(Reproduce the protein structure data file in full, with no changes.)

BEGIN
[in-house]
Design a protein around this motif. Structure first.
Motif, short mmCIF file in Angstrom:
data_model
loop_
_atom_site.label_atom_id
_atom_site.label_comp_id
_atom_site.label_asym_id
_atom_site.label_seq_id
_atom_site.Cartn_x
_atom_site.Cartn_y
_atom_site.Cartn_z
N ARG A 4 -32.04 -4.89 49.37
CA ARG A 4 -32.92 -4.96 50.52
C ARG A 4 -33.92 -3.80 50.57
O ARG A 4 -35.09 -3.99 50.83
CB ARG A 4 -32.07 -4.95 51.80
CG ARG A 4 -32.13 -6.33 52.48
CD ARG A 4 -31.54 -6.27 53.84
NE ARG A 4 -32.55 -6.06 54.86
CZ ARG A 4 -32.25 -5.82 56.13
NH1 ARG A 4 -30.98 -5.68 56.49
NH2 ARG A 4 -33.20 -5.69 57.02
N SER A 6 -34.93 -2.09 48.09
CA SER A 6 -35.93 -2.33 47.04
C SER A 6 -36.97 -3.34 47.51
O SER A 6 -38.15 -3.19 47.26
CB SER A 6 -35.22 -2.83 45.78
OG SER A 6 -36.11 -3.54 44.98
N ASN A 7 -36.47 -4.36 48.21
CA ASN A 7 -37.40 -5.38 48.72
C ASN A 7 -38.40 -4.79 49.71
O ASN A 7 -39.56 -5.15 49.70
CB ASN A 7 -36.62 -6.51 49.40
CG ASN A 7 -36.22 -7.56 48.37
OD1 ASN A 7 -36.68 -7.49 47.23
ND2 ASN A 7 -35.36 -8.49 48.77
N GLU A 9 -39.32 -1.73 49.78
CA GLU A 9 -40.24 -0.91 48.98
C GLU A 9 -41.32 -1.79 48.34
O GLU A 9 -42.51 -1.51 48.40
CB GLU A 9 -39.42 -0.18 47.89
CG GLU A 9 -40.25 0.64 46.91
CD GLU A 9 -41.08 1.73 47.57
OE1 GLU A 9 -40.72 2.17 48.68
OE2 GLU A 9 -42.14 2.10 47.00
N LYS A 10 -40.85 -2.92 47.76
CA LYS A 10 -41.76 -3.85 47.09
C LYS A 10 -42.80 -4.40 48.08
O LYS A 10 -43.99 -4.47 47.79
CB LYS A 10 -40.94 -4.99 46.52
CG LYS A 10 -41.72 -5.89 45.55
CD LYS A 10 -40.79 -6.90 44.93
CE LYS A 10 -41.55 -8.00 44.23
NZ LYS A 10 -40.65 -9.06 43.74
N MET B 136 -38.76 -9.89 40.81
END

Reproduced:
[in-house]
Design a protein around this motif. Structure first.
Motif, short mmCIF file in Angstrom:
data_model
loop_
_atom_site.label_atom_id
_atom_site.label_comp_id
_atom_site.label_asym_id
_atom_site.label_seq_id
_atom_site.Cartn_x
_atom_site.Cartn_y
_atom_site.Cartn_z
N ARG A 4 -32.04 -4.89 49.37
CA ARG A 4 -32.92 -4.96 50.52
C ARG A 4 -33.92 -3.80 50.57
O ARG A 4 -35.09 -3.99 50.83
CB ARG A 4 -32.07 -4.95 51.80
CG ARG A 4 -32.13 -6.33 52.48
CD ARG A 4 -31.54 -6.27 53.84
NE ARG A 4 -32.55 -6.06 54.86
CZ ARG A 4 -32.25 -5.82 56.13
NH1 ARG A 4 -30.98 -5.68 56.49
NH2 ARG A 4 -33.20 -5.69 57.02
N SER A 6 -34.93 -2.09 48.09
CA SER A 6 -35.93 -2.33 47.04
C SER A 6 -36.97 -3.34 47.51
O SER A 6 -38.15 -3.19 47.26
CB SER A 6 -35.22 -2.83 45.78
OG SER A 6 -36.11 -3.54 44.98
N ASN A 7 -36.47 -4.36 48.21
CA ASN A 7 -37.40 -5.38 48.72
C ASN A 7 -38.40 -4.79 49.71
O ASN A 7 -39.56 -5.15 49.70
CB ASN A 7 -36.62 -6.51 49.40
CG ASN A 7 -36.22 -7.56 48.37
OD1 ASN A 7 -36.68 -7.49 47.23
ND2 ASN A 7 -35.36 -8.49 48.77
N GLU A 9 -39.32 -1.73 49.78
CA GLU A 9 -40.24 -0.91 48.98
C GLU A 9 -41.32 -1.79 48.34
O GLU A 9 -42.51 -1.51 48.40
CB GLU A 9 -39.42 -0.18 47.89
CG GLU A 9 -40.25 0.64 46.91
CD GLU A 9 -41.08 1.73 47.57
OE1 GLU A 9 -40.72 2.17 48.68
OE2 GLU A 9 -42.14 2.10 47.00
N LYS A 10 -40.85 -2.92 47.76
CA LYS A 10 -41.76 -3.85 47.09
C LYS A 10 -42.80 -4.40 48.08
O LYS A 10 -43.99 -4.47 47.79
CB LYS A 10 -40.94 -4.99 46.52
CG LYS A 10 -41.72 -5.89 45.55
CD LYS A 10 -40.79 -6.90 44.93
CE LYS A 10 -41.55 -8.00 44.23
NZ LYS A 10 -40.65 -9.06 43.74
N MET B 136 -38.76 -9.89 40.81